Adult Kali
Senior Kali

Time

When Kali first joined established our pack six years ago as a rescue from Tawain she was estimated to be five-years old. ¬†We didn’t have the pleasure of seeing her grow up from puppy-hood. We didn’t get to see her as that roly-poly ball of fur tripping over her own feet or bouncing off a ledge that was too tall to scale. ¬† There are no memories of her at that gawky teen-ager stage. ¬†We met Kali as an adult. ¬†A mature dog who already had a lifetime of stories to tell if she only could.

Kloe and Koda came to us as puppies; Kloe at nine weeks and Koda at 4 months. ¬† We have the memories (and plethora of pictures) of them going through various stages of puppy. ¬† Golden Retrievers are slow to mature and they maintain much of that playful puppy personality until around three years old. ¬†Many keep their puppish traits into old age. ¬†Kloe, now four and a half, has been a full fledged adult for well over a year. ¬†Koda at just over two is starting to outgrow some of her puppy-ness but she has a way to go… ¬†I do hope that they are true to their breed and always have some of those goofy playful traits that are so endearing.

A day, four months, a minute, six years. ¬†Just time, right? ¬†And what do dogs know about time?… ¬†I used to think that time is man-made and under our control. ¬†And I suppose the manner that we measure time is of our own doing. ¬†But really time is something we can’t control. ¬†Whether it’s measured with man-made tools like clocks and calendars. ¬† Or with nature like the cycles of the moons, colors of the seasons, or the rings of a giant sequoia tree (when measured with man-made tools) that can be over 2,500 years old. ¬†The passing of time is inevitable, the effects of that passing of time is undeniable and reflected in our bodies. ¬†And also in the bodies of our dogs.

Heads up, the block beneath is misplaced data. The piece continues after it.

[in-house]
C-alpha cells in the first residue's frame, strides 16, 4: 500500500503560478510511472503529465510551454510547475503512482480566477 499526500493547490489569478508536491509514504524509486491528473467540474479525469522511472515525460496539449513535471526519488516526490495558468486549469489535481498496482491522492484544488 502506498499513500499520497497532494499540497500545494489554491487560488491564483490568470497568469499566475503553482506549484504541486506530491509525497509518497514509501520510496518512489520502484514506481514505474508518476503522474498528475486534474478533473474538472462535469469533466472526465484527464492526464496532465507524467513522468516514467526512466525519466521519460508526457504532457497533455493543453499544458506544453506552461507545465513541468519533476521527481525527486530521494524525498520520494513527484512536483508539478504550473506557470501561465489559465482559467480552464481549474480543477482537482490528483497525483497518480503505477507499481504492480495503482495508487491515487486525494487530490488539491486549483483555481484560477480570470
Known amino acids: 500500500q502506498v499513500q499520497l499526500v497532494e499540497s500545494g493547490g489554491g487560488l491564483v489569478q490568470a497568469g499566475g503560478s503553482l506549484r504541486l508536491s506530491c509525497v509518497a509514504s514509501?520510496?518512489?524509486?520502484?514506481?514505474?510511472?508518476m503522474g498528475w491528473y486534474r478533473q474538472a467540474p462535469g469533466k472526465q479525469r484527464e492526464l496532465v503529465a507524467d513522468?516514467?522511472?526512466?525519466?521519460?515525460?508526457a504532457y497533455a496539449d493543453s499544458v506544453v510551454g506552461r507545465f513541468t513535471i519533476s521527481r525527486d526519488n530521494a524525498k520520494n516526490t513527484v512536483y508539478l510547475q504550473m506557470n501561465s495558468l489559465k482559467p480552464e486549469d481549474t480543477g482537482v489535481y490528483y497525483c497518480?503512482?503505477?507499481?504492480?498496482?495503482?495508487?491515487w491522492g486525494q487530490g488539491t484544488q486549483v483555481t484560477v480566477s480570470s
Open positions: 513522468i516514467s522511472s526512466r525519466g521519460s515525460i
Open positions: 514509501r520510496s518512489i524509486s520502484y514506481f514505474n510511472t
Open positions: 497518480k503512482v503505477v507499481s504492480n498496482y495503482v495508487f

We estimate Kali to be 11. ¬†But we really don’t know anything about her life before she was rescued in Taiwan and sent to us in the U.S. ¬† Maybe she is only eight and seems older due to a very hard life as a stray in Taiwan. ¬†Or perhaps she is 14 which would be well above average life-span for her breed.

Or maybe it doesn’t matter because what does Kali know about time anyway. ¬† She only knows “now”.

“Now” is getting harder for Kali. ¬†Time has caught up with her mind. ¬†Sometime she looks confused. ¬†Time has caught up with her senses. ¬† She has foggy eyes and is hard of hearing. ¬†Time has caught up with her legs that are no longer very steady and especially wobbly on smooth surfaces. ¬† She has always had a passionate appetite and is always ready for a meal or a snack. ¬†That’s a reassuring sign.

Kali mostly sleeps now, ¬†and is doing just that by my side as I write this post. ¬†It’s typical for a senior dog to snooze away the majority of the day. ¬†I feel that Kali has earned the right to do that. ¬† There are occasional flashes of energy. ¬†Like when she gallops (in-spite of her bad legs) across the driveway to my office in the morning. ¬†When I see that¬†goofy looking trot it fills ¬†I laugh out loud. ¬†It fills¬†my heart with joy when I see some of the puppy traits she once had. ¬†She is especially spry at meal time when she dances like Snoopy from Charles Schultz’s “Peanuts”.

So yeah, TIME.

“Lost time is never found again” ¬†– Benjamin Franklin

“Time is the most valuable thing a man can spend”¬†‚Äď Theophrastus¬†

“Time waits for no one” ‚Äď Folklore

However time is measured – with clocks, the phases of the moon, or a lazy summer day – I hope to have much more of it with Kali by my side.

“All we have to do is decide what to do with the time that is given us”.¬†– J.R.R. Tolkien

KALI:  YESTERDAY AND TODAY

Golden Kali – 2020

“Nala” before America